Eventually Albrecht Albrechtson brought his axe down on to the table, splitting the wood from top to bottom, bringing terrified silence across the gathered dwarfs, and said, ‘I support my King. That is what a King is for. A murrain, I said. A murrain. And a Ginnungagap for those that say different.’
Then, three pages later, Lord Vetinari contemplates those irritating little unthinking people who stand in the way of Progress.
Curious, the Patrician thought, as Drumknott hurried away to dispatch a clacks to the editor of the Times, that people in Ankh-Morpork professed not to like change while at the same time fixating on every new entertainment and diversion that came their way. There was nothing the mob liked better than novelty. Lord Vetinari sighed again. Did they actually think? These days everybody used the clacks, even little old ladies who used it to send him clacks messages complaining about all these new-fangled ideas, totally missing the irony....
There was nothing for it but to follow the wave. New things, new ideas arrived and strutted their stuff and were vilified by some and then lo! that which had been a monster was suddenly totally important to the world. All the time the fanglers and artificers were coming up with even more useful things that hadn’t been foreseen and suddenly became essential. And the pillars of the world remained unshaken.
Pratchett completely fails to see the irony in his presentation of a King and a Dictator as the voices of Inevitable Progress. This scene gives way, on literally the next page, to a dwarf waxing eloquent on how wonderful it is that dwarves and trolls are friends now, and twenty pages later, is followed by a FOURTH repetition of THE SAME VERY IMPORTANT MESSAGE.
Bleddyn had cooked a good rat supper and was upset when she saw his face and said, ‘Those damn grags again! Why don’t you tell them to put their nonsense where the light shines too much!’fn26
Bleddyn didn’t usually swear, so that surprised him, and she continued, ‘They had a point once. They said that we were being swallowed up by the humans and the trolls, and you know it’s true, except that it’s the wrong kind of truth. The kids’ve got human friends and one or two trolls as well and nobody notices, nobody thinks about it. Everyone is just people.’
He looked at her face and said, ‘But we’re diminished, less important!’
But Bleddyn was emphatic and said, ‘You silly old dwarf. Don’t you think the trolls consider themselves diminished too? People mingle and mingling is good! You’re a dwarf, with big dwarf hobnail boots and everything else it takes to be a dwarf. And remember, it wasn’t so long ago that dwarfs were very scarce outside of Uberwald. You must know your history? Nobody can take that away, and who knows, maybe some trolls are saying right now, “Oh dear, my little pebbles is being influenced by the dwarfs! It’s a sin!” The Turtle moves for everybody all the time, and those grags schism so often that they consider everyone is a schism out there on their own. Look it up. I’ve cooked you a lovely rat – nice and tender – so why not eat it up and get out into the sunshine? I know it isn’t dwarfish, but it’s good for getting your clothes dried.’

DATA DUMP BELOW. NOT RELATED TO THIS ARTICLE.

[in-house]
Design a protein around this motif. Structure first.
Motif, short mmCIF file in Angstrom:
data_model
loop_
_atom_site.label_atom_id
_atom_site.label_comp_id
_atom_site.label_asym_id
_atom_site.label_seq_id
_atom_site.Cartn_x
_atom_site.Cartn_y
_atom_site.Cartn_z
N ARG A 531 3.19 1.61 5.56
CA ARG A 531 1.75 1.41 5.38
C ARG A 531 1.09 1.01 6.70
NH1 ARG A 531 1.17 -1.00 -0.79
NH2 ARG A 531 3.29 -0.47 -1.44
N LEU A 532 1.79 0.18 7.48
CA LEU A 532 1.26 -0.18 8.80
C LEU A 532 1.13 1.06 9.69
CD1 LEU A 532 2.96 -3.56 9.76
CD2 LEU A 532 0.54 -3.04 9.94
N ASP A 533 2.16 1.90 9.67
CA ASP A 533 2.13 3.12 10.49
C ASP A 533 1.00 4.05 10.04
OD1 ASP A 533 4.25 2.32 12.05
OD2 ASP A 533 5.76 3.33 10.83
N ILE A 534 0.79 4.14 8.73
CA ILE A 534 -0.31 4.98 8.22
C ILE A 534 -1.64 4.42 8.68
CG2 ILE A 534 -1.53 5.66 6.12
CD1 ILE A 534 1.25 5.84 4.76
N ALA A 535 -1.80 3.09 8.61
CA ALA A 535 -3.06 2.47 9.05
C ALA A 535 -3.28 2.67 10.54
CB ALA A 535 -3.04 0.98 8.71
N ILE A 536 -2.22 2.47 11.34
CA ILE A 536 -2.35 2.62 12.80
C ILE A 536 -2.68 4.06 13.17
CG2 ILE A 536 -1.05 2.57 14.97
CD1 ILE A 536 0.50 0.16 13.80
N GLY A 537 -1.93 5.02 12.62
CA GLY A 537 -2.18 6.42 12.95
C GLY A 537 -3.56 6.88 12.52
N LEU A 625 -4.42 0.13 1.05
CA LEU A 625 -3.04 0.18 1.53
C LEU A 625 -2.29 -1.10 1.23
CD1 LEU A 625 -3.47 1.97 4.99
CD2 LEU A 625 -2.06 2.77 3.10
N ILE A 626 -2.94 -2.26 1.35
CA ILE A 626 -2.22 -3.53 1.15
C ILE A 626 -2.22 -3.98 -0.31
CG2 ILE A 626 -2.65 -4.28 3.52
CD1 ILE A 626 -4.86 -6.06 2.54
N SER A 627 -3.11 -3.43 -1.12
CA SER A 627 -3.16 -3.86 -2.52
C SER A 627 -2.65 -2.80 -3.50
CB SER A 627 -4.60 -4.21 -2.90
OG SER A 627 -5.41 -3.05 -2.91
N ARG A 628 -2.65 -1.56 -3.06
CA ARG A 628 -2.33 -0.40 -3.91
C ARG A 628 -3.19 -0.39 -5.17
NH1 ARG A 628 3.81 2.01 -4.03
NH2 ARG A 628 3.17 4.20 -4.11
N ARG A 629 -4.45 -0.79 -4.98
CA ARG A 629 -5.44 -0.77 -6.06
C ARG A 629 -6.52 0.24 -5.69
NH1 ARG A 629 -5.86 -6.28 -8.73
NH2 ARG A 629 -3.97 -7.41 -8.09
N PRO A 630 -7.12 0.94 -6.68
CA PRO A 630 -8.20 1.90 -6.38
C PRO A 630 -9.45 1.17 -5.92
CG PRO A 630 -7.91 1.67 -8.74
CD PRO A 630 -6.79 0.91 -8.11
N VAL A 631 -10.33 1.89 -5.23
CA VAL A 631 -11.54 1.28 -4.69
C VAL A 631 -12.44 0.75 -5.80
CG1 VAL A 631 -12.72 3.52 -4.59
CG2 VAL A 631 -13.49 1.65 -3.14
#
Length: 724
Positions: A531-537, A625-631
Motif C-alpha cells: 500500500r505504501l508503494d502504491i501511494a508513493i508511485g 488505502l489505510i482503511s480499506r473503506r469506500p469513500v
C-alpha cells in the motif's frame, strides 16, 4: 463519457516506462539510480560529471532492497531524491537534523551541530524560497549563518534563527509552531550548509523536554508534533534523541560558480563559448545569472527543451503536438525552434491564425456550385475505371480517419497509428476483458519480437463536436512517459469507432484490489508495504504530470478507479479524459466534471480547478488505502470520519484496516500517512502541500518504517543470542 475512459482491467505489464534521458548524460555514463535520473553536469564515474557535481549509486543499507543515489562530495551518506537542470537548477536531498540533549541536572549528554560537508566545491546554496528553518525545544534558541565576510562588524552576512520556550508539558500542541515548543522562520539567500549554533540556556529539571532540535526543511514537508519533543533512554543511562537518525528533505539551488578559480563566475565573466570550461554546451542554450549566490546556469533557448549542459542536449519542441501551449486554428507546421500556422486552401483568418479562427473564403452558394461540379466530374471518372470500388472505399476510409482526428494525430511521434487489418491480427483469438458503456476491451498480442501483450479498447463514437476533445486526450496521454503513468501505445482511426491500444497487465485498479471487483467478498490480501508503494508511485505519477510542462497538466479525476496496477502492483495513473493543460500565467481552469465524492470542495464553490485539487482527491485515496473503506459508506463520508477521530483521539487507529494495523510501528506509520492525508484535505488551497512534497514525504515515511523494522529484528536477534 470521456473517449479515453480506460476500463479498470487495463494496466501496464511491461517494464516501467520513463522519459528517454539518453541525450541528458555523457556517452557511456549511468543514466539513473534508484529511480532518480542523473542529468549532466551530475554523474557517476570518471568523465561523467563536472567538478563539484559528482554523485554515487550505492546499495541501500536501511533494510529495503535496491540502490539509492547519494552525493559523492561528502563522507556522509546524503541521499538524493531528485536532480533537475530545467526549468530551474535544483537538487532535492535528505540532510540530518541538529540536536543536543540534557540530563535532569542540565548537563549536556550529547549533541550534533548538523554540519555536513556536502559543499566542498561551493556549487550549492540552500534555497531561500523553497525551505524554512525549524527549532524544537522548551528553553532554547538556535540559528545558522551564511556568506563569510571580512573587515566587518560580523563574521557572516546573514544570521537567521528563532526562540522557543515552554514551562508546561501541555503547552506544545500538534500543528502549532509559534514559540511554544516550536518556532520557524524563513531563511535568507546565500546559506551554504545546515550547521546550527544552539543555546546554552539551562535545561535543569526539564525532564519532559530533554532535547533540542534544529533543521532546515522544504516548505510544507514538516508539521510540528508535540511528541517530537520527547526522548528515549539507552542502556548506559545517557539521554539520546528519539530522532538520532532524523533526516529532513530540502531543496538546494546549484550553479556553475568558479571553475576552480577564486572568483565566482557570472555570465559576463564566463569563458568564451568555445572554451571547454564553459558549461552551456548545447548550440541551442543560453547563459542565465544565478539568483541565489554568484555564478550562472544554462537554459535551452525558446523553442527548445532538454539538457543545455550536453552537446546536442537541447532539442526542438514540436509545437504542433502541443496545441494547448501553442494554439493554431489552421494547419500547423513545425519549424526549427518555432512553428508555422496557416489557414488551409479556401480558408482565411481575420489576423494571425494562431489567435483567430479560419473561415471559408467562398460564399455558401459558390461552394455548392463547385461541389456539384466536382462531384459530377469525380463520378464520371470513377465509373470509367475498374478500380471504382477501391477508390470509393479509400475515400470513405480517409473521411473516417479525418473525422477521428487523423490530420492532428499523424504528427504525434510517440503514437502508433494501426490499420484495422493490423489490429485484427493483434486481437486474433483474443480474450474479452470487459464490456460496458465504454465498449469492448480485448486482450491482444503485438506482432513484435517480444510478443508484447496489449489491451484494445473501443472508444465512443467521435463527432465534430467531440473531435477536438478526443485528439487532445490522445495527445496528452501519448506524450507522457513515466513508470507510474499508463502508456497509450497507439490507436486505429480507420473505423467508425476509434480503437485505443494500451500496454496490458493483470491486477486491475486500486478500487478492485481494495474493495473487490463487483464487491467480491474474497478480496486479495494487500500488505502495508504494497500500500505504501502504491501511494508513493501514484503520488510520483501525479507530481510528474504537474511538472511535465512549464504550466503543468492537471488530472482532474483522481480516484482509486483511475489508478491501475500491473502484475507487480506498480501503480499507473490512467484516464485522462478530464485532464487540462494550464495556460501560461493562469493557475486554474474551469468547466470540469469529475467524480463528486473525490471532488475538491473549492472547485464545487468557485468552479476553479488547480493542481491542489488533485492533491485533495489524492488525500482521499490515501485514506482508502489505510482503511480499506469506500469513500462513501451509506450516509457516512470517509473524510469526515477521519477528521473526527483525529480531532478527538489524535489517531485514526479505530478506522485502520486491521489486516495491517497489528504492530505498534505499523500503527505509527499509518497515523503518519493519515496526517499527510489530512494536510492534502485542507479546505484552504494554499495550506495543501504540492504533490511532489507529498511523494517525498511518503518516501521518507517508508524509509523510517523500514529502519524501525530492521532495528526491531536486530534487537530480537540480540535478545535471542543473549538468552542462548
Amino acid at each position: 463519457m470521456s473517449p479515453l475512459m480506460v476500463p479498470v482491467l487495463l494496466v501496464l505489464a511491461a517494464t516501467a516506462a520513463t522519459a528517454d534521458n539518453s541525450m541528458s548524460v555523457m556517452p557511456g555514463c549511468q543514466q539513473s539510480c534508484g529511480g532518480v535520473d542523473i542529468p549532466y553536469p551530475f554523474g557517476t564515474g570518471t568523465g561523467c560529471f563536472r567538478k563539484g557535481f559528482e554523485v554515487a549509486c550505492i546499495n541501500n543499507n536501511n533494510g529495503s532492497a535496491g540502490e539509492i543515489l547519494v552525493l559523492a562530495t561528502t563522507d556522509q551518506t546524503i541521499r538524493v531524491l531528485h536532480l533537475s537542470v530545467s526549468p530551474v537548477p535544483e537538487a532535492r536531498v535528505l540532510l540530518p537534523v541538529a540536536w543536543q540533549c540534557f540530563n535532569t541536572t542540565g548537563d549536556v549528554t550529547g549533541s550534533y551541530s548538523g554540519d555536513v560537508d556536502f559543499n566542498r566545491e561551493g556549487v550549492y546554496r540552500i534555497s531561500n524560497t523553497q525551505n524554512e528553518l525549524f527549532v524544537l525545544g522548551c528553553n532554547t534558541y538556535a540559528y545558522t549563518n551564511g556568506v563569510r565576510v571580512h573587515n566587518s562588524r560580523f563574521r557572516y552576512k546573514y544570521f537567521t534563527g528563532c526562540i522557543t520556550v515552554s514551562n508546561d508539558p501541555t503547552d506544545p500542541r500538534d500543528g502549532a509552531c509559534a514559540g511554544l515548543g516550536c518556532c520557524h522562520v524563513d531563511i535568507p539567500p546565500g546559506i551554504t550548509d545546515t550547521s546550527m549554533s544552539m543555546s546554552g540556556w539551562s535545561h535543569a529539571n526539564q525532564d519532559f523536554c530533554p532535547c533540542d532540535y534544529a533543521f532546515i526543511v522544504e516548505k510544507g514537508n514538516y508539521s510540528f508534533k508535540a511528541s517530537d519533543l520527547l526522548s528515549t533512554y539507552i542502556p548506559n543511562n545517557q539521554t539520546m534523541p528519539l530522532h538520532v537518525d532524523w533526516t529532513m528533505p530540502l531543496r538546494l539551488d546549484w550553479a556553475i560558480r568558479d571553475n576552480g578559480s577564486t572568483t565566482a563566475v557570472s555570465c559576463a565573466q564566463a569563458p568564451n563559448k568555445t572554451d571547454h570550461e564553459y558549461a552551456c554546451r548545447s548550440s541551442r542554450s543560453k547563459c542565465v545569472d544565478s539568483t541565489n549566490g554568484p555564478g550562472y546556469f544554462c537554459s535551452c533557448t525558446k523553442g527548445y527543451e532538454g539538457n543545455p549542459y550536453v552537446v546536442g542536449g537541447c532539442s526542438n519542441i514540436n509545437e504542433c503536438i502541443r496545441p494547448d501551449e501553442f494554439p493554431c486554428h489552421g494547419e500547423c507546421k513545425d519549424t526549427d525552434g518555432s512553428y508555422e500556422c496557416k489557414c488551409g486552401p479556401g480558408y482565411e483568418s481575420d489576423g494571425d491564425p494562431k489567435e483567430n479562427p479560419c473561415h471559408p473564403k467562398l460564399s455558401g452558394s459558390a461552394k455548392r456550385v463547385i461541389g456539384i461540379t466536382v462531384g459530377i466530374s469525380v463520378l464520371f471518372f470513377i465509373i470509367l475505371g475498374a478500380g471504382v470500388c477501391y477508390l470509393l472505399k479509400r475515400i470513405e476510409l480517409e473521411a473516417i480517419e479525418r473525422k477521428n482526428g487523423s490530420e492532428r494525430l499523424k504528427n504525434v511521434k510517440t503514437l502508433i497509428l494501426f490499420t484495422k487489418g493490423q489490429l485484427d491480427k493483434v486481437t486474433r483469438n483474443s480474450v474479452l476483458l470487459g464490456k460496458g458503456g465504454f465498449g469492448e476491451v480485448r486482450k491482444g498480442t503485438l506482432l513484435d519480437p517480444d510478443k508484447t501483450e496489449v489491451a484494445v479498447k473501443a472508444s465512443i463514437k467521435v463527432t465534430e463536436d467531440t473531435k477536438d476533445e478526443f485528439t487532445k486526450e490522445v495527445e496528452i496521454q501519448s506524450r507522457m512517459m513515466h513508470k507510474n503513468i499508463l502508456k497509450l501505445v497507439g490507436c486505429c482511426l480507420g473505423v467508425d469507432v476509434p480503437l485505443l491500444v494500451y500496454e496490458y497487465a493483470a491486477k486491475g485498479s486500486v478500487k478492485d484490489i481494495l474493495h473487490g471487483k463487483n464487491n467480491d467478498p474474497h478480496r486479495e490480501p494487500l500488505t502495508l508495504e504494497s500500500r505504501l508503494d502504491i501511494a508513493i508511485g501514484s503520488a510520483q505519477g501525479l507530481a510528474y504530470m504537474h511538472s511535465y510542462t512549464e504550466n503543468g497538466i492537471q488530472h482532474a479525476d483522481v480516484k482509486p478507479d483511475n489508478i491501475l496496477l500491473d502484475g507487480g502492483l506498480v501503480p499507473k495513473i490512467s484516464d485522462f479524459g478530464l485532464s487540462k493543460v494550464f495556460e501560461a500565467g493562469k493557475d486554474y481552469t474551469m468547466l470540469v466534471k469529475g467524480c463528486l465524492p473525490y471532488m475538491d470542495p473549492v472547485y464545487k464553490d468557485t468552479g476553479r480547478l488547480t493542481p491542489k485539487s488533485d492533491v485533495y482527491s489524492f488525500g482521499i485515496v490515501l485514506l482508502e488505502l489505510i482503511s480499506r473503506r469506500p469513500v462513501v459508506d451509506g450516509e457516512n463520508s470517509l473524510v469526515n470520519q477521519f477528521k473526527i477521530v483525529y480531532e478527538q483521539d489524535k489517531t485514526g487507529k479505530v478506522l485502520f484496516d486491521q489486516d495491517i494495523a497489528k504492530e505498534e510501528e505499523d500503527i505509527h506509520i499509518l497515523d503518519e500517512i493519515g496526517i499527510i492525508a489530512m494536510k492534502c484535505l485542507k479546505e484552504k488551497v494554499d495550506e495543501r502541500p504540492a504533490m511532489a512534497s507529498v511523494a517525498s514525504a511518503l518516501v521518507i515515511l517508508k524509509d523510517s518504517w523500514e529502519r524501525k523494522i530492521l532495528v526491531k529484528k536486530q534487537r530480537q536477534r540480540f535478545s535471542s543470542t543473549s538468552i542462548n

When he laughed she smiled and said, ‘All that’s wrong in the world is that it’s spilling over us as if we’re stones in a stream, and it’ll leave us eventually. Remember your old granddad telling you about going to fight the trolls in Koom Valley, yes? And then you told your son how you went back to Koom Valley and found out the whole damn business was a misunderstanding. And because of all this, our Brynmor won’t even have to fight unless someone is extremely stupid. Say no to the grags. Really, they’re bogeymen. I’ve spoken to all the women round here and they say exactly the same thing. 
It's one tedious lecture after another and the sheer idiocy of the message is remarkable. The idea that war is based on misunderstanding, that people are all the same underneath, and that multiculturalism and multiethnic societies means our children won't have to fight is not only wrong, it is downright backward. It is this very thinking that has guaranteed that the wars of the next generation will be more vicious, more bitter, and more terrible, on a larger scale, than anything Europe has seen since the Thirty Years War.